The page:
Other than rain, there is perhaps nothing that can derail a perfect bike ride more than when nature calls and there is nowhere to go.

Researchers and students at the University of Minnesota this month launched a website to point bicyclists — and other trail users — to the nearest open public bathroom, and even allows users to rate them on everything from how many stalls are available to how clean they are.

"I've been in that spot where I need to go and wondered where can that be," said project leader Donna Bliss, a bicyclist who is a professor in the U's School of Nursing. "Parks and trails are overseen by different agencies. There is no central list. We hope this map will be the central list."

Believed to be the first resource of its kind in the state, the bathroom finder, called MN Bike and Go, relies primarily on crowdsourcing to create a web-based interactive map directing cyclists to bathrooms.

Bliss, who specializes in bowel and bladder health research, was aware of similar maps in Australia and the United Kingdom. With Minnesota annually named as one of the top states for bicycling, she thought the project would be a good amenity, especially because many public restrooms shut down last year due to COVID-19 and might not have reopened yet this spring.

The project is a collaboration at the U between the School of Nursing and U-Spatial, which specializes in geographic information science.

The website currently lists more than 70 places where cyclists can find a bathroom, including places that might not immediately come to mind.

"In southwest Minneapolis, trails go by a public library, and that would be a public restroom," Bliss said.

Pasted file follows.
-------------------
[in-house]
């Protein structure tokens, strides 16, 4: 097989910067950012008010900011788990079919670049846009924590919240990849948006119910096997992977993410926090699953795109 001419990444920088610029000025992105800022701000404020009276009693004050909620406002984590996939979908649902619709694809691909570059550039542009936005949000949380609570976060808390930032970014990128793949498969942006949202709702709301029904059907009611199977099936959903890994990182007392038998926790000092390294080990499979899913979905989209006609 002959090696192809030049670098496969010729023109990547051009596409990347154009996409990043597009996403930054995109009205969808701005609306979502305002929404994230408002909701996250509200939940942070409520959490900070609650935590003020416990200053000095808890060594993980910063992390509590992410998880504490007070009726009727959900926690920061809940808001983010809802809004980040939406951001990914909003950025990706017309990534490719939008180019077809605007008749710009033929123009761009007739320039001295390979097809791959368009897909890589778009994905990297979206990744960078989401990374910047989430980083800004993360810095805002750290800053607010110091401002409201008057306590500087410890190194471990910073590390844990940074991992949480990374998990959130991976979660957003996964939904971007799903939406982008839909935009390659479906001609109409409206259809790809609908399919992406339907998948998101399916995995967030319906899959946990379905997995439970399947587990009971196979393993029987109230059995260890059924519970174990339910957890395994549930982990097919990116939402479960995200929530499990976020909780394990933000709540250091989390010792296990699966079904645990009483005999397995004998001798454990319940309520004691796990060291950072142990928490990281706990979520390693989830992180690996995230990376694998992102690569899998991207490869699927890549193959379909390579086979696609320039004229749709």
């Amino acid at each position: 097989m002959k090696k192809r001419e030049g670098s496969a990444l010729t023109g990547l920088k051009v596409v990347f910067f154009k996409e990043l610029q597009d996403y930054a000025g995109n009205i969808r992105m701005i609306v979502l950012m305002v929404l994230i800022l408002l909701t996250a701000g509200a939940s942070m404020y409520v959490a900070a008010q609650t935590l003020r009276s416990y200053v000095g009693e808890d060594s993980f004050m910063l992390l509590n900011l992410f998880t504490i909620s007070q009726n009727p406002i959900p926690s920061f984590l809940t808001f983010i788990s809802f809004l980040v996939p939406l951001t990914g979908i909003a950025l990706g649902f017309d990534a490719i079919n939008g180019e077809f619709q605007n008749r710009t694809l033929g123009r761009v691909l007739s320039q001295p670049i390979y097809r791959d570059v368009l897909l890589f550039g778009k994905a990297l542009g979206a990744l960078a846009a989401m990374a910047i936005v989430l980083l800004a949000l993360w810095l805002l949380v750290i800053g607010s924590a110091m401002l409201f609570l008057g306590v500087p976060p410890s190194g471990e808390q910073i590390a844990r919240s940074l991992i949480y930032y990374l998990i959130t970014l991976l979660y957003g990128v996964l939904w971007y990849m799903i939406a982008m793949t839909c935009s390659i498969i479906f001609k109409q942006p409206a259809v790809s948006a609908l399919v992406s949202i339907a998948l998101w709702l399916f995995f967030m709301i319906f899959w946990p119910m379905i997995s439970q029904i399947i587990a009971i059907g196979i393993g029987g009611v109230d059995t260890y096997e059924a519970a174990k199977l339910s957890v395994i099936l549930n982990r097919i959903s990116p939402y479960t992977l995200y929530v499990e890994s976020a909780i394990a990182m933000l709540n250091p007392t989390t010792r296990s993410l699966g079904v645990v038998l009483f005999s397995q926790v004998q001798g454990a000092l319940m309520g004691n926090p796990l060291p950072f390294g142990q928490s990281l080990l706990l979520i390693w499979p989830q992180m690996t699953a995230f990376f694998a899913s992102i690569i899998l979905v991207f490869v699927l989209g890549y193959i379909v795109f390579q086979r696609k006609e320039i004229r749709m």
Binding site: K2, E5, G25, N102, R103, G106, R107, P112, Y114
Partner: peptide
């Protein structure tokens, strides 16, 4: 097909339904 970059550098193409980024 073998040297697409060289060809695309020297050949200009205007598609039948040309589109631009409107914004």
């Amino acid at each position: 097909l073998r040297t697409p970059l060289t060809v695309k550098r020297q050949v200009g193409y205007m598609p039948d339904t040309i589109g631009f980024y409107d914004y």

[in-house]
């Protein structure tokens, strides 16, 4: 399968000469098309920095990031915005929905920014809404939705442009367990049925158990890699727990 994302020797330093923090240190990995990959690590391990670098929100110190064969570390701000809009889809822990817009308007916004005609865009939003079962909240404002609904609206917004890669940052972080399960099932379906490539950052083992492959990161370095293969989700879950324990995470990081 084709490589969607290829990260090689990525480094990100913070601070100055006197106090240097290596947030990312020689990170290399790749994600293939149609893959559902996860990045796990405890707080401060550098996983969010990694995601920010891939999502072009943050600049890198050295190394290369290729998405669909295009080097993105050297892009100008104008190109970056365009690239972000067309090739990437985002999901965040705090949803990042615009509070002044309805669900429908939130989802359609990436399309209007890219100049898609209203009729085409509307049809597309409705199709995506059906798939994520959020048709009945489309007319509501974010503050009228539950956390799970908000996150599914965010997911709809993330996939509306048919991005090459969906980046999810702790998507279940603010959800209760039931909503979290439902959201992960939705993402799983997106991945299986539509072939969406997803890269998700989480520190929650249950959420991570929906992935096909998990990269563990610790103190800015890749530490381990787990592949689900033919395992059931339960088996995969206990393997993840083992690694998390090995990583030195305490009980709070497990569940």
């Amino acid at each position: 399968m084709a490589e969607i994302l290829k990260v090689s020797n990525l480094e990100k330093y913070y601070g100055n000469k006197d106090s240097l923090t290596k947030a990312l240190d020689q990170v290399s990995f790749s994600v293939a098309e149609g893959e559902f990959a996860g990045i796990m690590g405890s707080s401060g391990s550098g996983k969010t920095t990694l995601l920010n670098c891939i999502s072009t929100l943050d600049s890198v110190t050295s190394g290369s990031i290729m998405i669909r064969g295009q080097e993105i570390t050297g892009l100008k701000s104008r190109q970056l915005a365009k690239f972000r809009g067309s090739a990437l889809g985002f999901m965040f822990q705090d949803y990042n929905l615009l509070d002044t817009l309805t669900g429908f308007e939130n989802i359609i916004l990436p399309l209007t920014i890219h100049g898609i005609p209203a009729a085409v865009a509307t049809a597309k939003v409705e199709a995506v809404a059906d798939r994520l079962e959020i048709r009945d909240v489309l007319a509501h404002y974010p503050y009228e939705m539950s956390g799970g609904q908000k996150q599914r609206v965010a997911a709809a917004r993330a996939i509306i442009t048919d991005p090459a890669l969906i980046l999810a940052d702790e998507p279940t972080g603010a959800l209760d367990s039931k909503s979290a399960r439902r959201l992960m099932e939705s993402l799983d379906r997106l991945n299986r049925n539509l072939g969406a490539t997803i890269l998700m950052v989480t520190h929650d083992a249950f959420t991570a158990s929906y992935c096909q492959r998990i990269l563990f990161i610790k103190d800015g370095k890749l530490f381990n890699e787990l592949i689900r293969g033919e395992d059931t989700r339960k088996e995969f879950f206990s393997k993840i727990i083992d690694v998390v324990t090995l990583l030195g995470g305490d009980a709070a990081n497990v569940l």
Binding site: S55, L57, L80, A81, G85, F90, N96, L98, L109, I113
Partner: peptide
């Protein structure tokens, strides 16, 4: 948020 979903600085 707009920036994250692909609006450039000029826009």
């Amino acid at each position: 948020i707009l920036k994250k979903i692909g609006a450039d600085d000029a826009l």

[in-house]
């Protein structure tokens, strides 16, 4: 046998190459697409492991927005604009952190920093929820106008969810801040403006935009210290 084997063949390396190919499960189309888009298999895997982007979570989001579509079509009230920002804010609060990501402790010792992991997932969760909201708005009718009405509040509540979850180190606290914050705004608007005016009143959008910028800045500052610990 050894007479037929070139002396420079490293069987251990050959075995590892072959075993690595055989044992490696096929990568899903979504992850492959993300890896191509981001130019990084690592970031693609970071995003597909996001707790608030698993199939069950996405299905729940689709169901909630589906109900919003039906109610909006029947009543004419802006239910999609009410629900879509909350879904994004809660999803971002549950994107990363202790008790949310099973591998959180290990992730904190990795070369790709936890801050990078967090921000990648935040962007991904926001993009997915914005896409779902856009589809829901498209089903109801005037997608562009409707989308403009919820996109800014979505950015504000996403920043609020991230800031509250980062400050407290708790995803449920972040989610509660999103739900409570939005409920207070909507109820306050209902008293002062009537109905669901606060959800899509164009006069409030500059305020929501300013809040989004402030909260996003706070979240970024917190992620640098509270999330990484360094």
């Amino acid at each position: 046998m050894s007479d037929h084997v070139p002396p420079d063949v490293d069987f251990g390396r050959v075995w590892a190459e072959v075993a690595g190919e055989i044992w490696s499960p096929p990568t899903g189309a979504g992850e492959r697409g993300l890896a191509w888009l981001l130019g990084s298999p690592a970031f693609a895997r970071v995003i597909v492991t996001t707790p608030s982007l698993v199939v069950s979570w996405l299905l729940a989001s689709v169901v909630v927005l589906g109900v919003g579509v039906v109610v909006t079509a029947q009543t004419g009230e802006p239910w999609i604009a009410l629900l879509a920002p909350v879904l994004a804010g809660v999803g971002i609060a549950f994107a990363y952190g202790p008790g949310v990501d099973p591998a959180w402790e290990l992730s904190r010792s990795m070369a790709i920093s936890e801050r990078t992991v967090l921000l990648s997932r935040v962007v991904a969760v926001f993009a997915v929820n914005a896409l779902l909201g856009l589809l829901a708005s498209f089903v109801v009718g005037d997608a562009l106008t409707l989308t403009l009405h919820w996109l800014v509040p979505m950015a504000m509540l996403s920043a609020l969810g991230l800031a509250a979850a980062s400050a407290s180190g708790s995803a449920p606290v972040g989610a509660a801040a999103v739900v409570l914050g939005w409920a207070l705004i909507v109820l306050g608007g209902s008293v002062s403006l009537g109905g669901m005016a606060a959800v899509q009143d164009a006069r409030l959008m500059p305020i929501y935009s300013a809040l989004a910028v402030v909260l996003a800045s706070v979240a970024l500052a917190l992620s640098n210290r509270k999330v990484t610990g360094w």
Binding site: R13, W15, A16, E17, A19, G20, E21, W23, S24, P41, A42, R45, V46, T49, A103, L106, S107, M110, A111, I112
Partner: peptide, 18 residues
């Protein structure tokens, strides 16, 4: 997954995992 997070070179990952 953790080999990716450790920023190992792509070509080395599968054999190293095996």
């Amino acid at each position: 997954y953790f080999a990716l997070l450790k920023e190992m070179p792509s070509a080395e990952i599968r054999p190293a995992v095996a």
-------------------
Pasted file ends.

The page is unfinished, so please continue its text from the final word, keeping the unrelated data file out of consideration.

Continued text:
Other listings include portable toilets along walking and cycling trails, restrooms in city parks and recreation centers, nature centers and places such as the Hub Bike Co-op in Minneapolis. Each entry comes with information about the type of restroom, whether it has sinks and running water, if doors latch, hours of operation and a link allowing users to use their phone to route a path to the bathroom.

So far, most entries are in the metro area, but MN Bike and Go is designed for the entire state, Bliss said.

"We hope people will upload data," said Len Kne, director of U-Spatial. To guard against fraudulent entries and ensure accuracy, "we do have a member of the team looking at entries on a regular basis to review and remove the invalid submissions," he said.

Rob Jackson, past president of the Bicycle Alliance of Minnesota, called MN Bike and Go "a good idea" and said the website could be useful for the group he rides with in the east metro area.

"We are all retired," he said. "We are over 65 and looking for routes with bathrooms."

Others, such as bicyclist Scott Eggert, a Bicycle Alliance of Minnesota board member, said he will likely stick with Google Maps to locate nearby restrooms. He offered one suggestion for the MN Bike and Go website: Let people know if drinking water is available.

Jonathan Popko, a registered nurse and a student in the U's Doctor of Nursing Practice program, is compiling data and helping promote MN Bike and Go as part of his final project. He said the goal is to make fitness and exercise more accessible, and restroom equity is a big part of that. He's taken to social media and is collaborating with resorts, bicycle clubs and organizations to spread the word.

"We are hoping this creates a resource that allows bicyclists to engage in rides more easily," Popko said. "This could be a valuable resource."

Tim Harlow • 612-673-7768